Mental illness, including major depressive episode, bipolar disorder, generalized anxiety disorder, alcohol abuse, and other drug abuse or dependence, affects approximately 1 in 3 Canadians at some point in their lives. Depression is the most common mood disorder, with a lifetime incidence of 11.3%, while the lifetime incidence of generalized anxiety disorder is 8.7%.
Hyperbaric oxygen therapy (HBOT) is administered inside a treatment chamber and provides the patient with 100% oxygen at high atmospheric pressures. There have been a number of medical conditions in which treatment with hyperbaric oxygen has been investigated, including, but not limited to, treatment of carbon monoxide poisoning, improved wound healing, and decompression sickness and air embolism due to ascending too quickly in aviation or deep water diving. It has been hypothesized that hyperbaric oxygen therapy may be beneficial in the treatment of certain mental health disorders such as post-traumatic stress disorder occurring in the setting of a traumatic brain injury. In an uncontrolled pre-post study, a group of patients with blast-induced post-concussion syndrome with or without post-traumatic stress disorder demonstrated improvement in a number of physical, psychological, and cognitive measured hen tested within a week of completing 30 days of HBOT. The proposed mechanism of action of hyperbaric oxygen in traumatic brain injury is that increasing oxygenation of blood and tissues to supraphysiological levels results in the improvement of neuronal functioning by the reactivation of metabolic or electrical pathways. Stem cell mobilization to sites of injury, immune modulation and impact on neurotransmitters have also been hypothesized as possible mechanisms.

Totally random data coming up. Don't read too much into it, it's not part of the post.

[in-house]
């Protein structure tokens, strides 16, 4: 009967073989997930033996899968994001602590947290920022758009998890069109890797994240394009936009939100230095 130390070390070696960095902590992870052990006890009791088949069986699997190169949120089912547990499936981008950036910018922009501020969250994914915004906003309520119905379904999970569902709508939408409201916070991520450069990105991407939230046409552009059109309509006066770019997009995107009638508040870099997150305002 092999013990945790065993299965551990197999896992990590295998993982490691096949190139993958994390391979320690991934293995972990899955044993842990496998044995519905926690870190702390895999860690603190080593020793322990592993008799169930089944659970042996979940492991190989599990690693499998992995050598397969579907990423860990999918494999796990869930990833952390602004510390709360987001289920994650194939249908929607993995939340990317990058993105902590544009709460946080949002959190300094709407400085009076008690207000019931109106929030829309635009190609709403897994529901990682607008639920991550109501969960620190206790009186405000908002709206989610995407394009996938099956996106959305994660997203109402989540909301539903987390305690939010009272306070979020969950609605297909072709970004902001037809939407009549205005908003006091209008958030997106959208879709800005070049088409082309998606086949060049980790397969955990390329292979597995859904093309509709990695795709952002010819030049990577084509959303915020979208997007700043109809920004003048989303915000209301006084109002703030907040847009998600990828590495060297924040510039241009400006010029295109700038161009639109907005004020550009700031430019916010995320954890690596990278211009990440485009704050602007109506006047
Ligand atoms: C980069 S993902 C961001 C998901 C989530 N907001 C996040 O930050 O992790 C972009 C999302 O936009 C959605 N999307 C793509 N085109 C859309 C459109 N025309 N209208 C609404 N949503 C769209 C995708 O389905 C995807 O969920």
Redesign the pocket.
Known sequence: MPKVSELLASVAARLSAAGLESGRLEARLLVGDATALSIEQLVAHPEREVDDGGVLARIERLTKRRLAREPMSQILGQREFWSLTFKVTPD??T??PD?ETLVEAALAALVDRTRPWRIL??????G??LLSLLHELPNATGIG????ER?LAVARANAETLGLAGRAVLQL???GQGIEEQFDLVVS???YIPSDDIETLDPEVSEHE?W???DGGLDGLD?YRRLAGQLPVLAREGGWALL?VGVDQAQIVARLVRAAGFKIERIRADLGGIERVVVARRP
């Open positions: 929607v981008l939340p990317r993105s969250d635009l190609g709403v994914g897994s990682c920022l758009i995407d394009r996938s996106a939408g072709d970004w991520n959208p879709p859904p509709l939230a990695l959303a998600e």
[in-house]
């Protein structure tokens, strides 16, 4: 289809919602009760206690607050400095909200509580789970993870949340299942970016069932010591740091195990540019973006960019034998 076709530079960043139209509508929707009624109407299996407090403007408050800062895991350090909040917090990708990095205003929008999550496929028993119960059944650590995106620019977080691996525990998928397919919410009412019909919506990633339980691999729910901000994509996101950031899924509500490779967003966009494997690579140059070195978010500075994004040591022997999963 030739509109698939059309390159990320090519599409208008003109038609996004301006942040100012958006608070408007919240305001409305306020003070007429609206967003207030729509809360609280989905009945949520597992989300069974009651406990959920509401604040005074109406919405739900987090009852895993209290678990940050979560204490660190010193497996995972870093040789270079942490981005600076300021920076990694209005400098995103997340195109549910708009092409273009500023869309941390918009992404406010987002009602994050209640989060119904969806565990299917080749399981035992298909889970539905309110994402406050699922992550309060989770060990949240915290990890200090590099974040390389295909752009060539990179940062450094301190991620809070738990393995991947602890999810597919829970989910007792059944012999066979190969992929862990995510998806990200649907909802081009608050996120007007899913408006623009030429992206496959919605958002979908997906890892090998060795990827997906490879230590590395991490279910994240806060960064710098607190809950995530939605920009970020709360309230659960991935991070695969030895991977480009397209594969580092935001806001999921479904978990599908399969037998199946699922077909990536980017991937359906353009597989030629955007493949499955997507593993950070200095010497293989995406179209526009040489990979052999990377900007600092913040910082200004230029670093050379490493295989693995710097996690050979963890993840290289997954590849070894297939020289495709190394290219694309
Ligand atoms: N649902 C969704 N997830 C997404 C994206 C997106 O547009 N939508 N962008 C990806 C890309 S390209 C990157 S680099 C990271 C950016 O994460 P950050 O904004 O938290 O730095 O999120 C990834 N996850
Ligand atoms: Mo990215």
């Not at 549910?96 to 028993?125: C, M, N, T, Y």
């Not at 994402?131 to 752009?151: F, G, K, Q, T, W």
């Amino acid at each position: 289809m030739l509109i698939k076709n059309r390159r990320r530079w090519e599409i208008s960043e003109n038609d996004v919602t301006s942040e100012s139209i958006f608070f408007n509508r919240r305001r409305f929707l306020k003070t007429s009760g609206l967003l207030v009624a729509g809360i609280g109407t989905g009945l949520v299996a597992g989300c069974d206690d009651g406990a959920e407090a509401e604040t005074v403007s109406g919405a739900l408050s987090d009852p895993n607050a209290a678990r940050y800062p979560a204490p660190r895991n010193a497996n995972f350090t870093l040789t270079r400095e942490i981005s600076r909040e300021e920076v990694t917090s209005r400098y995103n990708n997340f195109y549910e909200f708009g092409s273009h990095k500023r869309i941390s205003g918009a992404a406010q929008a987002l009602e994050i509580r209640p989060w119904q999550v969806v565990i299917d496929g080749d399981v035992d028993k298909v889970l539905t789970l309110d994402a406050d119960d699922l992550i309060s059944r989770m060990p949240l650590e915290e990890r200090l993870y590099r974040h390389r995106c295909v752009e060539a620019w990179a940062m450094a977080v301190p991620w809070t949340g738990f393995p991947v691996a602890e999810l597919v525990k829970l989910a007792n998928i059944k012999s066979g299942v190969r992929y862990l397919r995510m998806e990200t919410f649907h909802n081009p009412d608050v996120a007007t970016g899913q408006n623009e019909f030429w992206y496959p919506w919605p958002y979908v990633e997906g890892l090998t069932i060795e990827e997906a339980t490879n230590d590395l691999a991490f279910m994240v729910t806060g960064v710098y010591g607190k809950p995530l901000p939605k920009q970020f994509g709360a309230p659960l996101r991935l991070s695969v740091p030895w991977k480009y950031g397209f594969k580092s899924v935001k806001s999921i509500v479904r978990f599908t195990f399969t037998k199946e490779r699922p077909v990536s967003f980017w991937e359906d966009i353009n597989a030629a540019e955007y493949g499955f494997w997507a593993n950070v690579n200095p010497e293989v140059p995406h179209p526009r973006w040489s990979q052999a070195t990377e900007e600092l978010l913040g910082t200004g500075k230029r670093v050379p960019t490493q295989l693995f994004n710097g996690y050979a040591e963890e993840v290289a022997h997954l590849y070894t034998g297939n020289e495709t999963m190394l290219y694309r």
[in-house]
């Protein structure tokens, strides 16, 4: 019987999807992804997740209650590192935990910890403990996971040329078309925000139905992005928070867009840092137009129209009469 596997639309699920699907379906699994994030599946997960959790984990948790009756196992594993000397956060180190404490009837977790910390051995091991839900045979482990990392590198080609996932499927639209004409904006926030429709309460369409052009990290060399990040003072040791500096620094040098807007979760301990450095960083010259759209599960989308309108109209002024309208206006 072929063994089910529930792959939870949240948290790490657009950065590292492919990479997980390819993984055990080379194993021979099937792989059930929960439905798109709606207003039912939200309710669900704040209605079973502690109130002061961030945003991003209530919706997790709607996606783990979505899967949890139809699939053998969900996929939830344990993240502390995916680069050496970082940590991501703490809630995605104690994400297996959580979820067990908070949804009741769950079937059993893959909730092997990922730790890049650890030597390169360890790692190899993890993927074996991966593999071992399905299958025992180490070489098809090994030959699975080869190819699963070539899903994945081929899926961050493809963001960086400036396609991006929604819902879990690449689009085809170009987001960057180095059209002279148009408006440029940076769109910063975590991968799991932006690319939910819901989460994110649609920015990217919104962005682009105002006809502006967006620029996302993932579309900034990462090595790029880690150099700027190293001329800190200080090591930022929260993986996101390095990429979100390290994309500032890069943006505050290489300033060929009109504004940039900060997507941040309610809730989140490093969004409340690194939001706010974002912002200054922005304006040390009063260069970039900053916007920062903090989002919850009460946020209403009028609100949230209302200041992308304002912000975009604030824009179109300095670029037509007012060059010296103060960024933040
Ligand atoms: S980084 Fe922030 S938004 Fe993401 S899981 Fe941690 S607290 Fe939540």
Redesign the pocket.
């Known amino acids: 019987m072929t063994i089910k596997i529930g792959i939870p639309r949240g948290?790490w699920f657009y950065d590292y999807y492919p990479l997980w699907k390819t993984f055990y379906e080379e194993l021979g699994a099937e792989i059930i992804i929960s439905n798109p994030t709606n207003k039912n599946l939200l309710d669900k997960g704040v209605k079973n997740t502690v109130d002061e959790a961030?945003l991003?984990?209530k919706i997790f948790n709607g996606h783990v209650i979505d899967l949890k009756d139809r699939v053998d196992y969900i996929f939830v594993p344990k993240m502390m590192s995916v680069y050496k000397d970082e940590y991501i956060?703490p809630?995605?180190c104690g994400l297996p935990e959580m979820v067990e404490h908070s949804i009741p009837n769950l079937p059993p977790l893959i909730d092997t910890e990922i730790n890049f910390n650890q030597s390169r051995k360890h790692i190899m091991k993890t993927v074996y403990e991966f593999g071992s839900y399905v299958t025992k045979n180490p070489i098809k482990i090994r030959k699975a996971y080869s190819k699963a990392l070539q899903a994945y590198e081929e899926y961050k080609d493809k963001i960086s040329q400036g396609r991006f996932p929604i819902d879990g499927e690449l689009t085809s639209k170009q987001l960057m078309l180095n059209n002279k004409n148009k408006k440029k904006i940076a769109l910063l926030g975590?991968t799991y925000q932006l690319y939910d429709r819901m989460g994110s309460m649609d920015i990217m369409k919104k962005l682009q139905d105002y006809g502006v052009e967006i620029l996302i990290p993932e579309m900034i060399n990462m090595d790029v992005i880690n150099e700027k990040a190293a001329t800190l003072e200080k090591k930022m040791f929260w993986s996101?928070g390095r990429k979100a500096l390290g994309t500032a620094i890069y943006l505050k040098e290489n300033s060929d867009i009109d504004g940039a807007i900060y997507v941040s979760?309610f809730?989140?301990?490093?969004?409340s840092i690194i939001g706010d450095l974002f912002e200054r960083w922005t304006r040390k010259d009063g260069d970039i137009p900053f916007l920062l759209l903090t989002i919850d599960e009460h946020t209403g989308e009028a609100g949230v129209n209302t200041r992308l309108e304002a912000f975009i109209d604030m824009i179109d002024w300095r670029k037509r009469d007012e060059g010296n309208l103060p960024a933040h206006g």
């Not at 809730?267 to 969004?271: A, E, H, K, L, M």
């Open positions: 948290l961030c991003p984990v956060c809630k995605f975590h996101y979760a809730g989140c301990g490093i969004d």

Currently, the value of using hyperbaric oxygen therapy in the treatment of mental illness has not been well-established. The purpose of this report was to review existing studies on the use of hyperbaric oxygen therapy for adults with post-traumatic stress disorder, generalized anxiety disorder, or depression.
Copyright © 2014 Canadian Agency for Drugs and Technologies in Health.